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With 25th May just around the corner, the countdown to GDPR is getting shorter by the day. Standardizing all aspects of personal data collection, its privacy and use, if you work in the EU or do business with a member state, GDPR applies to you. GDPR enforces organizations to be accountable for all personal information on their networks. They must know:

  • What personal data they have  

  • Who is using it

  • Where it is saved

  • How it is secured

  • How it is transferred internally, within the EU or abroad

  • Its relevancy

  • How to delete it

Who is who

  • Data Subject, person to whom the personal data belongs.

  • Data Controller, person / organization legally accountable for everything related to personal data and its processing.

  • Data Processor, person who handles personal data.

  • Data Protection Officer, person monitoring compliance with GDPR regulations and the point of contact to its Supervisory Authority.

  • Supervisory Authority (SA), member state’s representative responsible for all aspects related to GDPR legistlation in their state.  

GDPR basics

Right to be forgotten and erasure

Personal data can be removed, erased or restricted if it is inaccurate, no longer required or pending verification.

Right to data portability

As owners of their personal data, data subjects can permit more than one organization to collect and process it. Data protection by design and by default

Data controllers are required to create a protective environment for the collection, handling and storage of personal data. This includes defining access permissions, passwords and data encryption.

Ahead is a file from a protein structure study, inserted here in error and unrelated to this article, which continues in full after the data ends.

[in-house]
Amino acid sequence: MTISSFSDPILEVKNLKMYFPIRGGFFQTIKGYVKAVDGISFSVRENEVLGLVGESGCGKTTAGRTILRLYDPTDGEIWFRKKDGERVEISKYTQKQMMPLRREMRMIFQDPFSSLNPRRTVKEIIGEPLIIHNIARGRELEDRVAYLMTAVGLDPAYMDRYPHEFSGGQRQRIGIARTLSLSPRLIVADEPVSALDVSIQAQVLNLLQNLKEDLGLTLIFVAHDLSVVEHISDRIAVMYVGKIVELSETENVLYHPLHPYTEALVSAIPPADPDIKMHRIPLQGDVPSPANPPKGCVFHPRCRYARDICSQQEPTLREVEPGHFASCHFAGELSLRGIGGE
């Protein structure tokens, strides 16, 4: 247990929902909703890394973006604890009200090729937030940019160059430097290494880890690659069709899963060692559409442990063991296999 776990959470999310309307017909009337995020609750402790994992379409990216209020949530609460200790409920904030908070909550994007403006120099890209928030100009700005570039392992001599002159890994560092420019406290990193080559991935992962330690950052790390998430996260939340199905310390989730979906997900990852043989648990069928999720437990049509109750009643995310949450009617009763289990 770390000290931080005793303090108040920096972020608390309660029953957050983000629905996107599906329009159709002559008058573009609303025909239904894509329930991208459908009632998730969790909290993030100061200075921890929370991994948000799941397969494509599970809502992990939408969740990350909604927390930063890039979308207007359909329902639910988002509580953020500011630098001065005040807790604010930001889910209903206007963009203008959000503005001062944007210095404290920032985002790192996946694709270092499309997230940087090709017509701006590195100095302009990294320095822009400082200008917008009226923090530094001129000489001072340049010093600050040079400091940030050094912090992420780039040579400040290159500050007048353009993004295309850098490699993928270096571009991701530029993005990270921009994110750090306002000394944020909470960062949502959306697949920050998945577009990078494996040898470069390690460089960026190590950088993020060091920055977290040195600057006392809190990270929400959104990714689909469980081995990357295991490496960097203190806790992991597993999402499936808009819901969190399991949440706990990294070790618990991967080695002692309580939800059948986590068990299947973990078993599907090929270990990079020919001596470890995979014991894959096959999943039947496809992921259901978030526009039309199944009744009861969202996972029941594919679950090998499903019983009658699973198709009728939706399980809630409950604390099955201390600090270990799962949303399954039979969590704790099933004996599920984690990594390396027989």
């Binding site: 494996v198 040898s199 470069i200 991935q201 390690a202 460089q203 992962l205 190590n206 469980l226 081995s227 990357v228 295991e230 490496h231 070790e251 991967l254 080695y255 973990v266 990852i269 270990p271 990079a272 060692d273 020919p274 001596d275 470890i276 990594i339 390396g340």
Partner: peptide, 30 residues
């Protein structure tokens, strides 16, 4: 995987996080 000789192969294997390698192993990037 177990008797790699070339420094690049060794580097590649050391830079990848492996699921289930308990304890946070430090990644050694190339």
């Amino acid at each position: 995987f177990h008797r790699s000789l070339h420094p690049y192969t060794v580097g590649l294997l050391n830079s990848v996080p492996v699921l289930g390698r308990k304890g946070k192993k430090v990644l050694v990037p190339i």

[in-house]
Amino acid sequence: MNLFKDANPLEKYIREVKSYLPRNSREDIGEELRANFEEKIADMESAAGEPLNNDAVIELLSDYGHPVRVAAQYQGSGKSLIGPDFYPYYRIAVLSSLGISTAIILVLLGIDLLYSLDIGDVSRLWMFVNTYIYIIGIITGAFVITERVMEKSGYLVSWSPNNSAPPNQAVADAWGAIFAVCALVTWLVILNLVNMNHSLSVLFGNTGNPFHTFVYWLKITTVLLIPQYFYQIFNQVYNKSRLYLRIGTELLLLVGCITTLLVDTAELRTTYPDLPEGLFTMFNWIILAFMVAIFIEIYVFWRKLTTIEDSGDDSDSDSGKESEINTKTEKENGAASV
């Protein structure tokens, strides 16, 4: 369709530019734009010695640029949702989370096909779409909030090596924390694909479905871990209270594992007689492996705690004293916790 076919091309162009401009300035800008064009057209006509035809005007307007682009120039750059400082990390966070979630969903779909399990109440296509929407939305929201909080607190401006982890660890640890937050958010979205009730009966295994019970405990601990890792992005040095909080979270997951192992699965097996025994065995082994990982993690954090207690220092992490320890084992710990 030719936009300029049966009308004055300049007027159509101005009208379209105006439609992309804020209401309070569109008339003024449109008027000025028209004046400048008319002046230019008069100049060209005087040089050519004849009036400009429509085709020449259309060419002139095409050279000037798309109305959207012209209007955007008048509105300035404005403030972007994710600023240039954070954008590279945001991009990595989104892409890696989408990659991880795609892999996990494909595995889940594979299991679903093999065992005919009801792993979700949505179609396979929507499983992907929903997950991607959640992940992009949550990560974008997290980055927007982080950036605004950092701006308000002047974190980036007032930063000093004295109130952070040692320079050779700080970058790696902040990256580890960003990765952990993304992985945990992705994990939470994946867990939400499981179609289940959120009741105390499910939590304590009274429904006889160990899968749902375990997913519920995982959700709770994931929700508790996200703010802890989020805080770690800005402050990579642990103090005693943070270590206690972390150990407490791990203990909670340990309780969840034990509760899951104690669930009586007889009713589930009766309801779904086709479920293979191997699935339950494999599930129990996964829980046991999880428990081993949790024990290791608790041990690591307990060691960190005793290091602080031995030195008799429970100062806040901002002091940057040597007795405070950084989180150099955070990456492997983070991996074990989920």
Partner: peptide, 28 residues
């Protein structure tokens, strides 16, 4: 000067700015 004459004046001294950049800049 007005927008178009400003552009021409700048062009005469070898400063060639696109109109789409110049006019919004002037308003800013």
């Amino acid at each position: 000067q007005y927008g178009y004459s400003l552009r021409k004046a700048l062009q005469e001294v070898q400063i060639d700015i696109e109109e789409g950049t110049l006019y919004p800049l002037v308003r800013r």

Notifying the SA

Data Controllers must update the SA on all data breaches that are likely to risk the rights and freedom of individuals within 72 following the discovery of the breach.

Communicating a personal data breach to data subjects
Data controllers must immediately report all breaches of unencrypted personal data to its owners. A full description of the incident and how it is handled must appear in the report.   

What happens if you fail to comply

Fines for not organizing personal data can reach 2% of an organization’s annual turnover, while failing to report data leakage may stretch to a colossal €20M or 4% of last year's total annual global turnover. If unprotected unencrypted personal data does leak, data subjects are eligible for compensation.


Safend are providers of security products designed to protect against corporate data loss via comprehensive data encryption, port control, device control and content inspection solutions.

With over 3,000 customers worldwide and 3 million licenses sold, Safend software is deployed by multi-national enterprises, government agencies, healthcare organizations and small to mid-sized companies across the globe.

Herzliya, Israel |

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